• Release and indemnities - clauses which require a tenant to release a landlord from and indemnify a landlord against claims, damages and loss need careful consideration. Often these clauses require a tenant to indemnify a landlord beyond the tenant’s liability at common law. For that reason, a tenant must be satisfied its insurance policies will cover the risk it assumes under the lease. The clauses should also be considered to ensure a tenant is only liable for claims that arise from the premises and that it is not liable for claims that arise because of the landlord’s own negligence or default.

  • Payments for structural repairs – often the repair and make good clauses in a lease will require a tenant to be responsible for structural repairs and capital costs. Any provision which places an obligation on a tenant to repair the premises, comply with laws relating to the premises or even payment of outgoings should expressly exclude the tenant being liable for carrying out or paying the costs of structural repairs or capital costs.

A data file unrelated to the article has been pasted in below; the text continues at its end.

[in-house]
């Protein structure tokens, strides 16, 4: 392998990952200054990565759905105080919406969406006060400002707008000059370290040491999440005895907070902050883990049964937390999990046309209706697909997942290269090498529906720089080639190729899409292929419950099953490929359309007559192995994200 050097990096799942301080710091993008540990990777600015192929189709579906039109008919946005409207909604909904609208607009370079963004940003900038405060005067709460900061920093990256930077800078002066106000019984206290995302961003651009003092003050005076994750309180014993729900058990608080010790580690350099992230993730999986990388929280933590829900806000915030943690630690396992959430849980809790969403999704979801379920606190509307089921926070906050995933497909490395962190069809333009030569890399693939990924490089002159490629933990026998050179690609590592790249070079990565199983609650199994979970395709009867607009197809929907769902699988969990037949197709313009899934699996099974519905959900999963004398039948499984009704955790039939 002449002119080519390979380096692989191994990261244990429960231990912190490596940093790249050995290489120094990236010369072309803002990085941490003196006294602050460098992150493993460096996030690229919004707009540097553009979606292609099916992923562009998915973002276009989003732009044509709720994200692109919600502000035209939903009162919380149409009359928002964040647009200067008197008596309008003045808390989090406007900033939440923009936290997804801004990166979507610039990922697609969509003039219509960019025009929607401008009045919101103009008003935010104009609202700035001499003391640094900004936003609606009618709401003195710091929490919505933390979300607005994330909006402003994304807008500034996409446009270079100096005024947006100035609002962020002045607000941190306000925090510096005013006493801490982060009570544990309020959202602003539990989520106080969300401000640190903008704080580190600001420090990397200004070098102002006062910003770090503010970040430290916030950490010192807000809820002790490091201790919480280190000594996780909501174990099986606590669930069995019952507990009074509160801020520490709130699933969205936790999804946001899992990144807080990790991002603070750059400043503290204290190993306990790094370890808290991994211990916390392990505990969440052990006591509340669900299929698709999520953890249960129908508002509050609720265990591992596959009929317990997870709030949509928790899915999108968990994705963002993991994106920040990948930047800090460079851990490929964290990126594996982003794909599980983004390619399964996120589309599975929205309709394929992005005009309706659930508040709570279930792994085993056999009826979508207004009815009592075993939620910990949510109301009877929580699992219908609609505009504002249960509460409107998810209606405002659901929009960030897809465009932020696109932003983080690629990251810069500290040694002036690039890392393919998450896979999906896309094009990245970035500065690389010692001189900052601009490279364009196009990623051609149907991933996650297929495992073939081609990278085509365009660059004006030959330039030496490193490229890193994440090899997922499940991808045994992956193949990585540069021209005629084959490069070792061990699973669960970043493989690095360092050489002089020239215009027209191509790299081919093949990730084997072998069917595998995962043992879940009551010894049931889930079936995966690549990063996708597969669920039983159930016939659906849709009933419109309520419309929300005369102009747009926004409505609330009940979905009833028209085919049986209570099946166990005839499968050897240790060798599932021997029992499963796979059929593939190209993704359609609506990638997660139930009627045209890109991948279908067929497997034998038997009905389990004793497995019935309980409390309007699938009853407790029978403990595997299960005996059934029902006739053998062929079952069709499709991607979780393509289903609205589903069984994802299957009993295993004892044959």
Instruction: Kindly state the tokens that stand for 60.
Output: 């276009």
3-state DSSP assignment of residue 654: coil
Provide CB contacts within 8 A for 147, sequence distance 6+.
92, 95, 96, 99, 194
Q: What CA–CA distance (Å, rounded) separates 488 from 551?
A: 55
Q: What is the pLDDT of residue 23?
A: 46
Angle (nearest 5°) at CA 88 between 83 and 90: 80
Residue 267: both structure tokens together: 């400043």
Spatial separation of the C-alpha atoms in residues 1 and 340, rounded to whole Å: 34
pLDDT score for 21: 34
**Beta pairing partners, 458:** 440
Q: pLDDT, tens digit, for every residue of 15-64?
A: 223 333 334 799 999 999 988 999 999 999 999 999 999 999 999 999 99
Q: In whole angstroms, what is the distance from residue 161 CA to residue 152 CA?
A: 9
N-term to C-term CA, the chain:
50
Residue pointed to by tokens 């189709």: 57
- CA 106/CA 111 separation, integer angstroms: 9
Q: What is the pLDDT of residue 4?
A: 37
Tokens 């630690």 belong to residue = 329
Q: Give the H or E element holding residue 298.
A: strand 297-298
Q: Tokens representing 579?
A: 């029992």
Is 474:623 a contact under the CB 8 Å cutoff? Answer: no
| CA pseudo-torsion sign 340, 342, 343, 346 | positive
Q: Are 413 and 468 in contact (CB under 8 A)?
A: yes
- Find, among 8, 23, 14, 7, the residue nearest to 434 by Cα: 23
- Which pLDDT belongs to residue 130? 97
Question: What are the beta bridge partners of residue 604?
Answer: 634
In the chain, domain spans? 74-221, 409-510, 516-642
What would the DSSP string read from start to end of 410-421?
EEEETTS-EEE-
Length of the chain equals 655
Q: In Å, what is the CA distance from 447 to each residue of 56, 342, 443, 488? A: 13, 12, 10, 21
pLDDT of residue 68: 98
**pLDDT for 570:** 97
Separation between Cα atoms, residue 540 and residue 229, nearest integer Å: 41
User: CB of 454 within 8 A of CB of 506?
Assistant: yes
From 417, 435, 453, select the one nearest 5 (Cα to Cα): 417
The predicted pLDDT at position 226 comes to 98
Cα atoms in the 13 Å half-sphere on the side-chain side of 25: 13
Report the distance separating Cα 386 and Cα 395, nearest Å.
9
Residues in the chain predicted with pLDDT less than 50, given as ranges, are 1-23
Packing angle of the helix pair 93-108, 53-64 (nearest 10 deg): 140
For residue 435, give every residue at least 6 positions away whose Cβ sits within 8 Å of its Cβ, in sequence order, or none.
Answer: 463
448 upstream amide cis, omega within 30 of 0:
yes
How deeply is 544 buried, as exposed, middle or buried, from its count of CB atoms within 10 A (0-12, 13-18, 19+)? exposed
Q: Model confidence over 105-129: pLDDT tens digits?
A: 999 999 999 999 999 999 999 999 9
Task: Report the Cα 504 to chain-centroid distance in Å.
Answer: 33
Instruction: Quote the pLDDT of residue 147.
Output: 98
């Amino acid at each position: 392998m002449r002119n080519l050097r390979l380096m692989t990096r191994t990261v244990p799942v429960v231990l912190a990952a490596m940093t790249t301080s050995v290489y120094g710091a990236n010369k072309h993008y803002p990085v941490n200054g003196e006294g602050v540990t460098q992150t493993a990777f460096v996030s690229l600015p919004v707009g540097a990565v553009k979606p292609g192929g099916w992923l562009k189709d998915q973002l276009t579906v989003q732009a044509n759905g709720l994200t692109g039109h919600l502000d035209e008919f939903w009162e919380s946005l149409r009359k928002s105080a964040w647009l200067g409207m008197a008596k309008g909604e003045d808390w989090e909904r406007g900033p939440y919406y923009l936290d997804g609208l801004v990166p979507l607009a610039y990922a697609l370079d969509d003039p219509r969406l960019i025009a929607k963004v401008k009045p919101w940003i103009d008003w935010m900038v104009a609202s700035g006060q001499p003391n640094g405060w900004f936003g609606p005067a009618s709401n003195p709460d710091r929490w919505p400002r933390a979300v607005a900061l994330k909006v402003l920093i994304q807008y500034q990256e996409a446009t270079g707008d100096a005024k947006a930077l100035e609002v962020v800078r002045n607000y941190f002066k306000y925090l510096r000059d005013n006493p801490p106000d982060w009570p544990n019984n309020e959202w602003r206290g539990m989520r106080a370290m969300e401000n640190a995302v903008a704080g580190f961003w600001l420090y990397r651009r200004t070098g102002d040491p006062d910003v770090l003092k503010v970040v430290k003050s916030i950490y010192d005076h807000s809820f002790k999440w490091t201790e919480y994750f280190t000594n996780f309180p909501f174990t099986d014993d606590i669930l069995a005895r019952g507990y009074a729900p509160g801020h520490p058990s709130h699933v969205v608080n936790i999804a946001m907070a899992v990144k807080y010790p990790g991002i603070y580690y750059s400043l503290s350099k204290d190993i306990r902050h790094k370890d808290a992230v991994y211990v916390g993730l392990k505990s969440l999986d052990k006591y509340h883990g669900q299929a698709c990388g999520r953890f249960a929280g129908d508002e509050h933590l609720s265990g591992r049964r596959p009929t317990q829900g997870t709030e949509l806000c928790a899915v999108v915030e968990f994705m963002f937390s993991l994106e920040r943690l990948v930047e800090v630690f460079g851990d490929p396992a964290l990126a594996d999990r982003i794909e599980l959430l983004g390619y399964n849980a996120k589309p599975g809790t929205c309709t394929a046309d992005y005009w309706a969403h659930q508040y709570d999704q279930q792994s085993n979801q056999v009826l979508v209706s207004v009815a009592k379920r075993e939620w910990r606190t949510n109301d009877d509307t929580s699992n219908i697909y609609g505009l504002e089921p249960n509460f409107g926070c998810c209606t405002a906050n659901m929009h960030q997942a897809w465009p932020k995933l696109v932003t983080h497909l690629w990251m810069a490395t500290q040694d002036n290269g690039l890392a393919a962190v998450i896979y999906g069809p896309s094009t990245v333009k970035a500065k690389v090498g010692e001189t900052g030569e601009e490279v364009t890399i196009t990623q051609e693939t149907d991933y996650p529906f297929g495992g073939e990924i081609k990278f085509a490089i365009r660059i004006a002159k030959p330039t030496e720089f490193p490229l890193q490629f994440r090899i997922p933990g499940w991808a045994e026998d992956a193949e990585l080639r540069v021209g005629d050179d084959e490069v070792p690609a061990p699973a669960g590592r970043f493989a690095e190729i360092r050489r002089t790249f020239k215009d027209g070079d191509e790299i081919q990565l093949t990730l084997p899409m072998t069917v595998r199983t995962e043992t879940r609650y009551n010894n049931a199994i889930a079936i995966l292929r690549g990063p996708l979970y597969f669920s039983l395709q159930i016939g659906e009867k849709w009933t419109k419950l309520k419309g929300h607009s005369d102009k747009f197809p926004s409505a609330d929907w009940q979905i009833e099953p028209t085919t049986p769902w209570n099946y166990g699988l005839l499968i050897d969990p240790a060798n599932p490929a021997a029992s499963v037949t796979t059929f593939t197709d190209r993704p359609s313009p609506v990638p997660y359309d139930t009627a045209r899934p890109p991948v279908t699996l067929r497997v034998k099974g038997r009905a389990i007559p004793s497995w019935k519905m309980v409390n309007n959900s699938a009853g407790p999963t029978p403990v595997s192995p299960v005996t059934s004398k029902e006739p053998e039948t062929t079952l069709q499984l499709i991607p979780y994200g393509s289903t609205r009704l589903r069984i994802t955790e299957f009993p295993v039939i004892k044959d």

• Outgoings – tenants should make sure whether they will be required to pay for outgoings and if so, what type of outgoings will be payable. An itemised estimate of outgoings should be obtained, and tenant’s may wish to negotiate an agreed cap on the amount of outgoings payable.

  • Assignment – usually a lease will permit a tenant to assign the lease to a third party. However, the tenant will not be released from its obligations under the lease unless the release is expressly stated in the lease or subsequently agreed to by the landlord. If the landlord does not agree to release the tenant, the tenant guarantees the new tenant’s performance of the lease until expiry. A tenant may wish to negotiate that it and any guarantors are released from the obligations under the lease from the date the lease is assigned, however landlords are normally reluctant to agree to this.